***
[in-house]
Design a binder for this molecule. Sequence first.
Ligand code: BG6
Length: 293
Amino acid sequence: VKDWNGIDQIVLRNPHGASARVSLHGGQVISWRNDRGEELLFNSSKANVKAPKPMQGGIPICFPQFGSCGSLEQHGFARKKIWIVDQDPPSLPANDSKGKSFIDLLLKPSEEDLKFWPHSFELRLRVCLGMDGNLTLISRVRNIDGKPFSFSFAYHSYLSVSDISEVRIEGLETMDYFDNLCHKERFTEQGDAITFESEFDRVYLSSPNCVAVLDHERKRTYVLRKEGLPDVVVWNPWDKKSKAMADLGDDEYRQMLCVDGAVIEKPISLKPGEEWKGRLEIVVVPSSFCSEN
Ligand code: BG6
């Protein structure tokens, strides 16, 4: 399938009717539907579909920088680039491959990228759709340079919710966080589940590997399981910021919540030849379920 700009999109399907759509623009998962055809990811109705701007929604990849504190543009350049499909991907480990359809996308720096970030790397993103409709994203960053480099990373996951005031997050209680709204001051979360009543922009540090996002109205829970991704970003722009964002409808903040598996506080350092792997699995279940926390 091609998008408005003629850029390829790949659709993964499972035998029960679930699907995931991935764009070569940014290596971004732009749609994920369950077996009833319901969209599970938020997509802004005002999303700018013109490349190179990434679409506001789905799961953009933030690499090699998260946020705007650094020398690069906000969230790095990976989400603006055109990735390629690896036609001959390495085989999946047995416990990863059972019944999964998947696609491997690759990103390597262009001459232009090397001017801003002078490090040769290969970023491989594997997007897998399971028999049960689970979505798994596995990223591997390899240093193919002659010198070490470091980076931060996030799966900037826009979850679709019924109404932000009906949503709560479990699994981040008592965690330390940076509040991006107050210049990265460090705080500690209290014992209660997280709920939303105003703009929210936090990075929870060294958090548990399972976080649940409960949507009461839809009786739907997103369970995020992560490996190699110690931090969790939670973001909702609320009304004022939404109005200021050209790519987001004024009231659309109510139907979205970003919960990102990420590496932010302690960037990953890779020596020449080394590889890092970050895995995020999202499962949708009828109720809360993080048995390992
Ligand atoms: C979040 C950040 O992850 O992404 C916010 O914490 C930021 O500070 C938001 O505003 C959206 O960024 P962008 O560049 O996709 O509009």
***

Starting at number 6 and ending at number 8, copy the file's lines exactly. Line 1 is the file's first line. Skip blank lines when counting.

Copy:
Ligand code: BG6
């Protein structure tokens, strides 16, 4: 399938009717539907579909920088680039491959990228759709340079919710966080589940590997399981910021919540030849379920 700009999109399907759509623009998962055809990811109705701007929604990849504190543009350049499909991907480990359809996308720096970030790397993103409709994203960053480099990373996951005031997050209680709204001051979360009543922009540090996002109205829970991704970003722009964002409808903040598996506080350092792997699995279940926390 091609998008408005003629850029390829790949659709993964499972035998029960679930699907995931991935764009070569940014290596971004732009749609994920369950077996009833319901969209599970938020997509802004005002999303700018013109490349190179990434679409506001789905799961953009933030690499090699998260946020705007650094020398690069906000969230790095990976989400603006055109990735390629690896036609001959390495085989999946047995416990990863059972019944999964998947696609491997690759990103390597262009001459232009090397001017801003002078490090040769290969970023491989594997997007897998399971028999049960689970979505798994596995990223591997390899240093193919002659010198070490470091980076931060996030799966900037826009979850679709019924109404932000009906949503709560479990699994981040008592965690330390940076509040991006107050210049990265460090705080500690209290014992209660997280709920939303105003703009929210936090990075929870060294958090548990399972976080649940409960949507009461839809009786739907997103369970995020992560490996190699110690931090969790939670973001909702609320009304004022939404109005200021050209790519987001004024009231659309109510139907979205970003919960990102990420590496932010302690960037990953890779020596020449080394590889890092970050895995995020999202499962949708009828109720809360993080048995390992
Ligand atoms: C979040 C950040 O992850 O992404 C916010 O914490 C930021 O500070 C938001 O505003 C959206 O960024 P962008 O560049 O996709 O509009």